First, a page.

At least once a month, Dean Wisclo, the Dean of the Commons who literally lives on the Commons, hosts “Dinner at the Dean’s Residence.” My friend Matt Lammers, a violinist, thought, why not bring Blair to the Commons? Here’s his take on founding an initiative called the “Blair Salon Series”:
Simply put, the Blair Salon Series is a collection of monthly recitals featuring students of the Blair School of Music, but it’s much more interesting than that. The idea was conceived over dinner after a concert by the Blair String Quartet at the Dean of Commons’ Residence. All, including Dean Wcislo, raved over how enjoyable it was to experience chamber music, something that has migrated in relatively recent years to the concert stage with black ties and tailcoats.
Chamber music, however, originated with a small, intimate audience, a cozy venue with no more than two feet between audience and performers, a delicious meal over which the evening’s performances were discussed informally amongst audience and performers alike, and the freedom to wear your comfiest pair of jeans, flip-flops, t-shirt, and sweatshirt. Our conversation carried on; “it seems a shame not to take advantage of this space more often.” “Of course, wouldn’t it be excellent to get students in here?”
Yes, yes it would. So why not?
One thing led to another, emails were exchanged, meetings were had, calls were made, dates were penciled into calendars, and brains were stormed. Dean Wcislo would supply the food, the venue, and the advertising, and Blair would supply the music and manpower to make it fall together. Here are the fruits of that fateful conversation, by the numbers:
2 parking tickets received behind the Dean’s House,
5 monthly dinner concerts,
6 meetings with the Dean’s staff,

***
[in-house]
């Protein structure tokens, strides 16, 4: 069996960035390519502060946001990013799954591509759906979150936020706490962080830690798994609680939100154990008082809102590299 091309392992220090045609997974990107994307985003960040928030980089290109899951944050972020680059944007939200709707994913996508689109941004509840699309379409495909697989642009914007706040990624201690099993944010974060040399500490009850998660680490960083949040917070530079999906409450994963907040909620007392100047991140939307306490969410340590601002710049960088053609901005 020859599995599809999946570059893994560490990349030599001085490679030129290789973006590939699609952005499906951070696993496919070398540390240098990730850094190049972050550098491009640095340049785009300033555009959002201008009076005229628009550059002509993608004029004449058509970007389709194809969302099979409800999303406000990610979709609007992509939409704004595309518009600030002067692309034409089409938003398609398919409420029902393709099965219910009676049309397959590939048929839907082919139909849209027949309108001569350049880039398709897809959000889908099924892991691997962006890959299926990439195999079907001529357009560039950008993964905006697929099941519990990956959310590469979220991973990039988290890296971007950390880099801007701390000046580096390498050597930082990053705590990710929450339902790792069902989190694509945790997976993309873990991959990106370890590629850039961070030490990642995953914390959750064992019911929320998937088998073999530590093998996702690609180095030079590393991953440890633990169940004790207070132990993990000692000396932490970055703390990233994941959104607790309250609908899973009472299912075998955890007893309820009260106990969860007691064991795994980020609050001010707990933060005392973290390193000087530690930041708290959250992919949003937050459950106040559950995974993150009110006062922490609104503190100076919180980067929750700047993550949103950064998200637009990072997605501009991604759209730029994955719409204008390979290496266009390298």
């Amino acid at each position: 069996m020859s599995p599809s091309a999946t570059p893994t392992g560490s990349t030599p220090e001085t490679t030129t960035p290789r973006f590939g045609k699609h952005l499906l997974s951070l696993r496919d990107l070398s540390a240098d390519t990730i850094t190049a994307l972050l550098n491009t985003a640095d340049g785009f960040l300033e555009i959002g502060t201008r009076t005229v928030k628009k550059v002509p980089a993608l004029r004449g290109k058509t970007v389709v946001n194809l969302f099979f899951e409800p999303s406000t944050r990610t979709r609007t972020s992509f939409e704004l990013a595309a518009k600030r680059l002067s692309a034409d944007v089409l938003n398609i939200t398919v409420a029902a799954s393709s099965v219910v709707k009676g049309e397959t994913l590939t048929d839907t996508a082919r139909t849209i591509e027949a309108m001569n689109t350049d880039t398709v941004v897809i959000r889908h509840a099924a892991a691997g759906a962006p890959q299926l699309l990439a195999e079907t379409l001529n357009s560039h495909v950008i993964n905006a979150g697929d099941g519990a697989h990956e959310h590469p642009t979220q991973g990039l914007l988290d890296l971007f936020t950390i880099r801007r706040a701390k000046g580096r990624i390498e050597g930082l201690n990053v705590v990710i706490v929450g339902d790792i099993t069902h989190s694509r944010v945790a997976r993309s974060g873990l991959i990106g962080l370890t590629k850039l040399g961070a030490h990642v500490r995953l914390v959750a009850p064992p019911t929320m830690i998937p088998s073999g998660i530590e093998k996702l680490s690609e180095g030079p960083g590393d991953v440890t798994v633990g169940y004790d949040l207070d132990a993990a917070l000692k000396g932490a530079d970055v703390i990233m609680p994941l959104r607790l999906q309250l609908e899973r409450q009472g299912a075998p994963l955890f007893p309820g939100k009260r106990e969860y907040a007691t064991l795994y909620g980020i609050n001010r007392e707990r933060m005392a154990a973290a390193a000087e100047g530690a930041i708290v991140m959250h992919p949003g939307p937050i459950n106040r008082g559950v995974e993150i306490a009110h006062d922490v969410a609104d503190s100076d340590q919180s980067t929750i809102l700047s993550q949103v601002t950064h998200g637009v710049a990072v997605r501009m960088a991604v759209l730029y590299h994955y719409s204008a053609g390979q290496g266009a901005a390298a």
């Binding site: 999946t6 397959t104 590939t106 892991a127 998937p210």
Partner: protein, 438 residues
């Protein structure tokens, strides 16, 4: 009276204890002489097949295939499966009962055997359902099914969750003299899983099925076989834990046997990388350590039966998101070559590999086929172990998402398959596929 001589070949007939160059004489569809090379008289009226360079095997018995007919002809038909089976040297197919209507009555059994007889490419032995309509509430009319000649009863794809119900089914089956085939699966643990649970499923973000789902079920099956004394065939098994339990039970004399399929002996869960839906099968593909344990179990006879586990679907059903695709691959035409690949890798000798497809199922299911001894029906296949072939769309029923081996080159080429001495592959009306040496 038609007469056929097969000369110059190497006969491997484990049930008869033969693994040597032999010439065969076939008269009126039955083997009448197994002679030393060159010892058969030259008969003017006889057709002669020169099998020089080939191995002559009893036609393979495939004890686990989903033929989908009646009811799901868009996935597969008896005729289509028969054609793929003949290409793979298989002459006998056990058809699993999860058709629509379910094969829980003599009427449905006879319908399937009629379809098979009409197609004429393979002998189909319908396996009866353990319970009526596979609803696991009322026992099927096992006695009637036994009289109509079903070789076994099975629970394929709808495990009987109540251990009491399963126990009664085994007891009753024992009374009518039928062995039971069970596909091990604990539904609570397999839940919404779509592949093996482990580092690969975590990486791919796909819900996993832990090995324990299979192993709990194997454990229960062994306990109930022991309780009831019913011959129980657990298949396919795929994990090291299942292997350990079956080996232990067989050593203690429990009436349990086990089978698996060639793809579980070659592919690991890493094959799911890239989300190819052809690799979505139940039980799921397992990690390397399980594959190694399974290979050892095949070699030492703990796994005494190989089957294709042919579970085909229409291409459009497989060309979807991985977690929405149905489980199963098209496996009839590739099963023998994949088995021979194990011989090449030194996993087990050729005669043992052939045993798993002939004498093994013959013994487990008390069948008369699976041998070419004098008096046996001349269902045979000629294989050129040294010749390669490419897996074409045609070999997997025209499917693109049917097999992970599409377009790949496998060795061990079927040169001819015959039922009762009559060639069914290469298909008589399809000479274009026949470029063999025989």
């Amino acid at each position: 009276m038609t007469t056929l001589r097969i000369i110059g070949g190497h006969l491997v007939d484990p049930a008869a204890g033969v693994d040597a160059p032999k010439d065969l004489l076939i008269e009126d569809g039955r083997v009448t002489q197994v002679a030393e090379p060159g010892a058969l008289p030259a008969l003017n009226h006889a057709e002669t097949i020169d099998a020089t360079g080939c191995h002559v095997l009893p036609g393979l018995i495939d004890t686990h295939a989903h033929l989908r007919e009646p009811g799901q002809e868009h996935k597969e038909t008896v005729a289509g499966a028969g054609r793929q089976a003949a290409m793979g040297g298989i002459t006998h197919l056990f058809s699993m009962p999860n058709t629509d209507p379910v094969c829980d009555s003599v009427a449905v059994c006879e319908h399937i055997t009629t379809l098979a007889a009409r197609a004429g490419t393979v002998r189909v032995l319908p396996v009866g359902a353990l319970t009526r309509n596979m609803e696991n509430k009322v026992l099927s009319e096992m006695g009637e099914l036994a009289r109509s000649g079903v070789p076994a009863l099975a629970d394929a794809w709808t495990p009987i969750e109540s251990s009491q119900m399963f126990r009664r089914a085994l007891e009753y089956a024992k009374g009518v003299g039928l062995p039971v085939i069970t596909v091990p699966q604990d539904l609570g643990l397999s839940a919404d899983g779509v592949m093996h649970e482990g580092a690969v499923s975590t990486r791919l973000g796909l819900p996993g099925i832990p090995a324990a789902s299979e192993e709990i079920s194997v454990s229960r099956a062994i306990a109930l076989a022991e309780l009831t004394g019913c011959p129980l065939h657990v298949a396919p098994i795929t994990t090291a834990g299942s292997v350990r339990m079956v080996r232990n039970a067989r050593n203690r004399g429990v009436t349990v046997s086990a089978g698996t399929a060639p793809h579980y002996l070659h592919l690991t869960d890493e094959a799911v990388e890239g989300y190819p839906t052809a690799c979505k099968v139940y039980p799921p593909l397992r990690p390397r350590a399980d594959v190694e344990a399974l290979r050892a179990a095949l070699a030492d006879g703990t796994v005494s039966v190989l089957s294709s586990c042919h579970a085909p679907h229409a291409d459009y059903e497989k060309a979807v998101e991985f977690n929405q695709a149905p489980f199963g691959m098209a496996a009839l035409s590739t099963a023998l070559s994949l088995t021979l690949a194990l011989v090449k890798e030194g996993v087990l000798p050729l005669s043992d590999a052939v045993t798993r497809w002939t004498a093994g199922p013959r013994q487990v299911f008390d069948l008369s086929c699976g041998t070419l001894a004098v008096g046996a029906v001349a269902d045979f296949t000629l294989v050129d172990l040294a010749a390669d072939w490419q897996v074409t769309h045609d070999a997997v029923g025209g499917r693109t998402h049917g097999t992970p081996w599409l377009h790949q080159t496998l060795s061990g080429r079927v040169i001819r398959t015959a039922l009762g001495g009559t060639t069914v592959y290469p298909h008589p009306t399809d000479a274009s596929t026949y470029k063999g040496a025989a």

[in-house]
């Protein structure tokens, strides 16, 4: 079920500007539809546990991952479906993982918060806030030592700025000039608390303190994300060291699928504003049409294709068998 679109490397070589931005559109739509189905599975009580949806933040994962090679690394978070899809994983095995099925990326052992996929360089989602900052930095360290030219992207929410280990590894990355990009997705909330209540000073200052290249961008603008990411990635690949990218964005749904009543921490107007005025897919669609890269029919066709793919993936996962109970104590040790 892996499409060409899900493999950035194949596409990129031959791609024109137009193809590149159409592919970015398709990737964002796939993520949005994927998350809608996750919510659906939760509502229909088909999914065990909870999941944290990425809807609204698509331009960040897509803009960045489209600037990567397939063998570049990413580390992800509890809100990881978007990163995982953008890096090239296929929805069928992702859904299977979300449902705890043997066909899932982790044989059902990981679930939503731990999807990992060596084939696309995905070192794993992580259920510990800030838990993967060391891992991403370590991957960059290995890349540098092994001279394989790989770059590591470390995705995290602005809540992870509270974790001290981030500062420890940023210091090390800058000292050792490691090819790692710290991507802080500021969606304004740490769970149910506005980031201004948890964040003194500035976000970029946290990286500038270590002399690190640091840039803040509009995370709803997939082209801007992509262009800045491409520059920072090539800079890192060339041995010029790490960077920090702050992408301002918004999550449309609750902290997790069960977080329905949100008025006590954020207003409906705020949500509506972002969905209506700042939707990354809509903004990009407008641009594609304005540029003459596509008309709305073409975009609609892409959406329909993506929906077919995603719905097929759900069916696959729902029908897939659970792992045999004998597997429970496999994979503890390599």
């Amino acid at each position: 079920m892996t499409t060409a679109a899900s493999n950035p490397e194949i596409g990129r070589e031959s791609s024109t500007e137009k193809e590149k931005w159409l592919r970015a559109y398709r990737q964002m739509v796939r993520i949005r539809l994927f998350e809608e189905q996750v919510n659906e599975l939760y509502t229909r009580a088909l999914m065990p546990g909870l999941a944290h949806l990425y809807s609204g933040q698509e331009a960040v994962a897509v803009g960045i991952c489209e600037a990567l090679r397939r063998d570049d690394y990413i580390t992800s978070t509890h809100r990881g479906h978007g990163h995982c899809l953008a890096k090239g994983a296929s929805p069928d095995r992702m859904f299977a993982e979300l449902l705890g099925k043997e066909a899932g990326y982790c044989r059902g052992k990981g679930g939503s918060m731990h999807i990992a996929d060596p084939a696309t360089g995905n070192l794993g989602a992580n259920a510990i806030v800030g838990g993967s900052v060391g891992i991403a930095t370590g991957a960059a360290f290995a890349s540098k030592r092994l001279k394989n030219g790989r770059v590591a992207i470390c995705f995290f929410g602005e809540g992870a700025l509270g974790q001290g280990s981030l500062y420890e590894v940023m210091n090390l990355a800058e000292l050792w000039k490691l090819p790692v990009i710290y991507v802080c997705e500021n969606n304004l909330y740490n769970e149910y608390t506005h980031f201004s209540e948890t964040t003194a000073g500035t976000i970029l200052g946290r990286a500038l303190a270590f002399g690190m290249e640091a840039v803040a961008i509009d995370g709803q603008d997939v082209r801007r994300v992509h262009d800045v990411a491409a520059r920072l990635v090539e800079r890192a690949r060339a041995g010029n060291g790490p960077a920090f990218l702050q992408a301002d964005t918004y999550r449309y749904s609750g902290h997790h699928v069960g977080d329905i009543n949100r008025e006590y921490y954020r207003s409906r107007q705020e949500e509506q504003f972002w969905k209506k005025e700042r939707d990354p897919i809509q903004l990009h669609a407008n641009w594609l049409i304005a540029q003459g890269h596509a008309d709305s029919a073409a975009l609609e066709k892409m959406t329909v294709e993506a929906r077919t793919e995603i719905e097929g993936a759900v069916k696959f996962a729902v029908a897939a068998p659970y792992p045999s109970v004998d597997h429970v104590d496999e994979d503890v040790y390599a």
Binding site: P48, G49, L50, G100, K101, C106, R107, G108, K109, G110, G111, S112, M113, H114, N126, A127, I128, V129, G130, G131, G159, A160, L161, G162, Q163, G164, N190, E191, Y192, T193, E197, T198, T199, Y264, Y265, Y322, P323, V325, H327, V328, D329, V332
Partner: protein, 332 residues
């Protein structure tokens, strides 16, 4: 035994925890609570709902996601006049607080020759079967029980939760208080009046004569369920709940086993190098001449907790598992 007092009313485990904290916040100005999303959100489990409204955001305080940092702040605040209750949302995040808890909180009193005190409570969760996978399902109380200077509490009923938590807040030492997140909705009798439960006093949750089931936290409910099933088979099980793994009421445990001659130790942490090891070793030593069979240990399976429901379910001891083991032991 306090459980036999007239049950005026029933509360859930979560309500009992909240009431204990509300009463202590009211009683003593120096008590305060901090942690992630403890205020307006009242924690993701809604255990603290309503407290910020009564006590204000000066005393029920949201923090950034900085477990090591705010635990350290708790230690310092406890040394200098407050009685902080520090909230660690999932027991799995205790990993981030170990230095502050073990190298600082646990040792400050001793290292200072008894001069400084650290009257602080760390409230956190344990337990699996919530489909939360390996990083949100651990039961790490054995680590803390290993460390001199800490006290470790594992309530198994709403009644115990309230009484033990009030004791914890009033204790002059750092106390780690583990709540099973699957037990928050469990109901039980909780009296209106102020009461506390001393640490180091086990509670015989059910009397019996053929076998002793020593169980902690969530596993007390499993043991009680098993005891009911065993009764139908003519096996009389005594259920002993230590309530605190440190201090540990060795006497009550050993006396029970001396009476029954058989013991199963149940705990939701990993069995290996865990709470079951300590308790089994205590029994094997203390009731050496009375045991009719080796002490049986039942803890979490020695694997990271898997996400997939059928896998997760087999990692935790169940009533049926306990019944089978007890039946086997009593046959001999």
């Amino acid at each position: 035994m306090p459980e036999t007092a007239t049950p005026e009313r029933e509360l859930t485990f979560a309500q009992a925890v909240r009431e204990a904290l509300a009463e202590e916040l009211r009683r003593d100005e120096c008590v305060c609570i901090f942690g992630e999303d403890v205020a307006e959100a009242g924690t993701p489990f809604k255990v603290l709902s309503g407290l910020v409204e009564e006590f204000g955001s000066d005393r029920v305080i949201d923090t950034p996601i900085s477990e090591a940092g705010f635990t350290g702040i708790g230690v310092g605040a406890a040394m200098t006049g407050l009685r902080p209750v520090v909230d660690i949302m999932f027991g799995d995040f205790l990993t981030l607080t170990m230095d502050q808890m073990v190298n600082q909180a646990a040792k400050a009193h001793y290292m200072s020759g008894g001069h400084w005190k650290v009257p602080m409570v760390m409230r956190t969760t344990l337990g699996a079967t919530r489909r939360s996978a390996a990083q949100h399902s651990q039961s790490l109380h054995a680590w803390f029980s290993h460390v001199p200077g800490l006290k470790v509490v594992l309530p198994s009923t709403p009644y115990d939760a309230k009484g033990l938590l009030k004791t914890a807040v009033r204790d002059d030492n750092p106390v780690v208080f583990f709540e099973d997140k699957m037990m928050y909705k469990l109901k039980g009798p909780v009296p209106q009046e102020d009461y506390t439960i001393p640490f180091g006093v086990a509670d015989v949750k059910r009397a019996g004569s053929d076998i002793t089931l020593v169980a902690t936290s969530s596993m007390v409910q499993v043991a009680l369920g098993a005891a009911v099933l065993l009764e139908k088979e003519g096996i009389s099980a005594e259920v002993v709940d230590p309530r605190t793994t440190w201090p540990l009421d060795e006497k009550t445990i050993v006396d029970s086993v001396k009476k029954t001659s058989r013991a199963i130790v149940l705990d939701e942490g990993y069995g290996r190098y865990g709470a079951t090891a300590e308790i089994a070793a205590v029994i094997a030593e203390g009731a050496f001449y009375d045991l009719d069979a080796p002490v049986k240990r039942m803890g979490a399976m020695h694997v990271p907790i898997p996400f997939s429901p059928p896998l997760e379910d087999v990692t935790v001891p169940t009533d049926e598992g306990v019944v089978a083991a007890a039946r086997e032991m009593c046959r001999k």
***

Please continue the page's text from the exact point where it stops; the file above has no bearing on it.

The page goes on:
7 chamber ensembles formed for the sole purpose of performing in the Series,
18 music stands hauled back and forth between Blair and Commons,
8 guest performers/speakers from the music faculty,
28 of Blair’s finest student performers and composers from the string, wind, voice, harp, and piano departments, and
72 audience members
These all added up to a successful project, extraordinary turnouts, a commitment to reestablish and continue the Series through the coming years, and a promising Vanderbilt tradition.
Emails will be sent out to the Blair student body late this summer or early fall to establish a new repertoire and body of performers around which programs can be constructed. We can be found on Facebook, where we’ll post updates once these programs take shape. Until then, however, have a taste of what the programs of ’12-’13 looked like.
American Music — The Series pilot was fairly conservative as a concept, but a variety of genres were featured. We heard everything from jazz guitar and vocals, to American avant-garde performance art, to contemporary American classical literature.
Impressionism — Dr. Michael Slayton, Professor of Music Theory and Composition, joined us in the house to preface the evening’s program of Debussy (yes, we know Debussy is by no means the only Impressionist; that’s just how the program worked out) and lead a post-concert discussion. Debussy’s The Girl with Flaxen Hair, Premiere Rhapsodie, and Violin Sonata were on the program.
Students Playing Student Compositions — Three of our phenomenal student composers were in the house to talk about and perform a number of their own compositions. The performances led to a great post-concert discussion and interesting dinner conversation.
Opera Off-Stage — Four incredible female vocalists sang six soprano/mezzo-soprano arias from operas by Handel, Scarlatti, Donizetti, Mozart, Meyerbeer, and Gounod. Throw paltry piano reductions to the wind; we accompanied them with a string quartet.
Faculty-Student Chamber Music — Music students, begin salivating. The moment you’ve been waiting for is coming (we’ll be doing this again at least once in the ’13-’14 Series). Students and their professors rehearsed over the course of three months and performed some of our most revered repertoire in the Dean’s house. Professors Teal, Heard, Huebl (violins), Reinker (viola), Dorfman (piano), Hauser (oboe), and Dikeman (flute) performed movements from the Mendelssohn Octet, B-flat String Sextet, Vivaldi D minor Violin Sonata, Prokofiev Quintet (for violin, viola, oboe, clarinet, and bass), and Ravel’sIntroduction and Allegro (for harp, string quartet, flute, and clarinet) with a selection of string, wind, and harp students.